Eighty Years On: Café de Paris, 8 March, 1941

‘Snakehips’ Johnson performing for a pre-WW2 BBC TV camera.

History is treacherous. Narratives of nationhood are myths and legends derived from imperfectly understood events. Even now, the 2nd World War continues to drive the national narrative, with phrases like ‘Dunkirk spirit’ and ‘blitz spirit’ employed as definitions of British grit, stoicism and grace under pressure. But these phrases are slippery and mendacious, and we all know the kind of people who use them.

The Café de Paris on Coventry St., between Piccadilly and Leicester Square, had been closed for refurbishment for most of 1940, but the manager had been able to stockpile something like 25,000 bottles of champagne during the year. On 5th November he re- opened with the slogan: ‘the safest and gayest restaurant in town, 20 feet below ground’. It was slow going at first; London was still getting hammered, and that December saw one the worst nights for property damage of the whole blitz, when large parts of the City of London were flattened by incendiary bombs. However, club business picked up and New Year’s Eve was the best night it had had for over a decade. But the Café’s catchphrase was a terrible hostage to fortune: too many Luftwaffe bombs had penetrated deep underground, killing people sheltering in tube stations and basement facilities.

By 1941 attacks on London had lessened as the Luftwaffe bombed British provincial cities instead, giving Londoners breathing space and the city an opportunity to recover a little. On the 8 March the Café de Paris was thronged with customers who were braving an ongoing air raid to dine and dance to the music of Ken ‘Snakehips’ Johnson, a popular singer from Guyana who was performing with his West Indian band. Betty Baldwin, daughter of former Prime minister Stanley Baldwin, was present and recalled: ‘The men, almost all in uniform, seemed extraordinarily handsome, the young women very beautiful, the whole atmosphere one of great gaiety and youthful charm’. At about 9.45, as Johnson was singing his number ‘Oh Johnny’, two 50kg bombs hit the building. One landed above the bandstand, killing Snakehips and all but one of his band. The other bomb exploded on the dance floor. Because the Café de Paris was a ritzy, exclusive, establishment, the ensuing carnage had a tinselly glitter, making it one of the most indelibly ghastly episodes of the entire blitz. As the wounded had their injuries washed with champagne and soldiers carried out their dead girlfriends, looters rummaged through the coats and handbags of the victims and took jewellery from the corpses. One of the eyewitnesses was Ballard Berkeley, an actor too old for the forces who had become a special constable instead: ‘In such a confined space the force was tremendous. It blew heads and legs off and exploded their lungs. … One hears a lot about the bravery during the war, but there were also some very nasty people … these people slipped in pretty quickly and it was full of people – firemen, wardens, police – so it was very easy to cut off a finger here or steal a necklace, and it did happen’.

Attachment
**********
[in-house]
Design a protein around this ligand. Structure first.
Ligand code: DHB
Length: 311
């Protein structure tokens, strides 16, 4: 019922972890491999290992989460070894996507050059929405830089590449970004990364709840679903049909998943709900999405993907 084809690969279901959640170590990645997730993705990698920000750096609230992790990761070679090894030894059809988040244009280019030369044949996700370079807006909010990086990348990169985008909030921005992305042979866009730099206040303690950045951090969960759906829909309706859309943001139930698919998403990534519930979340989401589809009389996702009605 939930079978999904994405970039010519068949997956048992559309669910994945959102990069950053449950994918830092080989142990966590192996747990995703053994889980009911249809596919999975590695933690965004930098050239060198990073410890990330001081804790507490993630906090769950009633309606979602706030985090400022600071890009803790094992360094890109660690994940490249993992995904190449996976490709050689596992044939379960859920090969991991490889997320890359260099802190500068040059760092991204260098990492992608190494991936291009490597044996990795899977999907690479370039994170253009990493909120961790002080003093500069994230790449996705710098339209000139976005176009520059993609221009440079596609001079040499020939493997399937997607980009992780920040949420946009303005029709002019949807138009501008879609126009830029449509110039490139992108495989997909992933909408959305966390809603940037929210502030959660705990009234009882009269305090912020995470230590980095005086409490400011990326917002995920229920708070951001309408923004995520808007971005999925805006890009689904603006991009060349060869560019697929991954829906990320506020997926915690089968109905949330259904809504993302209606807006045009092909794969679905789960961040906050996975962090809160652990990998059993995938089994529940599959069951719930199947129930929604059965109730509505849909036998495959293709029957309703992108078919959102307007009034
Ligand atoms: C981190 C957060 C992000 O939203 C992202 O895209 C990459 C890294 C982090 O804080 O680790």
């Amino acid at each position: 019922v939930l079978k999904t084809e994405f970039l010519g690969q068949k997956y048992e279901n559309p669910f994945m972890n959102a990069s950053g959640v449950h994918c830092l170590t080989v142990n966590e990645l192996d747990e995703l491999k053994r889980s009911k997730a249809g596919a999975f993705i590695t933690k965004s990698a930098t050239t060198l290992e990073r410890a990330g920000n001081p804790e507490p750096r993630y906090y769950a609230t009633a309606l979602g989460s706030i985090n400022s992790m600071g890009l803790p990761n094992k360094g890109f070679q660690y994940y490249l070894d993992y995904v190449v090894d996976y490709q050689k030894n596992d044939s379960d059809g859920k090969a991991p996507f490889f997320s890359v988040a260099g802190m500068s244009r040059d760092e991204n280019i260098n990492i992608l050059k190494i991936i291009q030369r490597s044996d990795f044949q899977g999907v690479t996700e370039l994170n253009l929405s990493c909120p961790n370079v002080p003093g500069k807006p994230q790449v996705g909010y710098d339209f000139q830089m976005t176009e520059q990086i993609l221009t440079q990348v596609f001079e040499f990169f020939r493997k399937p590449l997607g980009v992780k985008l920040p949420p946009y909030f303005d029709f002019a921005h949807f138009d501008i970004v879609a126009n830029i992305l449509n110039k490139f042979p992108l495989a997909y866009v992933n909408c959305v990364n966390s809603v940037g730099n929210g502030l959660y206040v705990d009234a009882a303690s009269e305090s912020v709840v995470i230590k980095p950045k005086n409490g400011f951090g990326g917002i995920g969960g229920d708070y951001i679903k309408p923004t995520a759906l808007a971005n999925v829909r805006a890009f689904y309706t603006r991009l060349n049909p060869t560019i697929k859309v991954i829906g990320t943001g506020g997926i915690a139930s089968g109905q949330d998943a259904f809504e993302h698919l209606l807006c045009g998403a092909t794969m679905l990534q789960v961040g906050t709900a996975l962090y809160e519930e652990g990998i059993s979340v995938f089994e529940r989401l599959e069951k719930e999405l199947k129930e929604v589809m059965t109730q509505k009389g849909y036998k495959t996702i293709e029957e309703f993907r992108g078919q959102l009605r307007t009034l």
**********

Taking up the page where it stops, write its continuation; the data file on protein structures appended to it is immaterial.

The Cafe de Paris before the war.

The story of criminals using the blitz as cover remains one of the most startling aspects of life on the Home Front; Scotland Yard had to set up a special unit to tackle the deluge of looting; and, wherever possible, bodies dug out of buildings were guarded to prevent theft from the corpses. Some of the looting was merely opportunistic, but there were organised gangs who employed spotters to report likely prospects so thieves could be on the spot before air raid wardens or firemen got there. (My mother was a teenager in Swansea when that city was bombed, and recalled the eerie speed with which looters operated amongst the entrails of bombed houses, where the dead and dying still lay.) The story of the hit on the Café de Paris was a slightly taboo subject for several reasons. The looting obviously represented criminal self-interest taking advantage of the bombing and going against the national narrative of collective resistance. Also, there were similar tragedies happening all across London, dance halls in poorer areas being hit during Nazi bombing raids, and there was considerable resentment that the less glamorous dead generally didn’t rate more than a couple of lines in the paper. But what happened to Snakehips and his audience that night epitomises the surreal horror of indiscriminate bombing: opulence and gaiety supplanted by violent death in an instant. Nothing is stable, nothing is what it seems, nothing is what it was. There is no ‘new normal’, normality is simply abolished.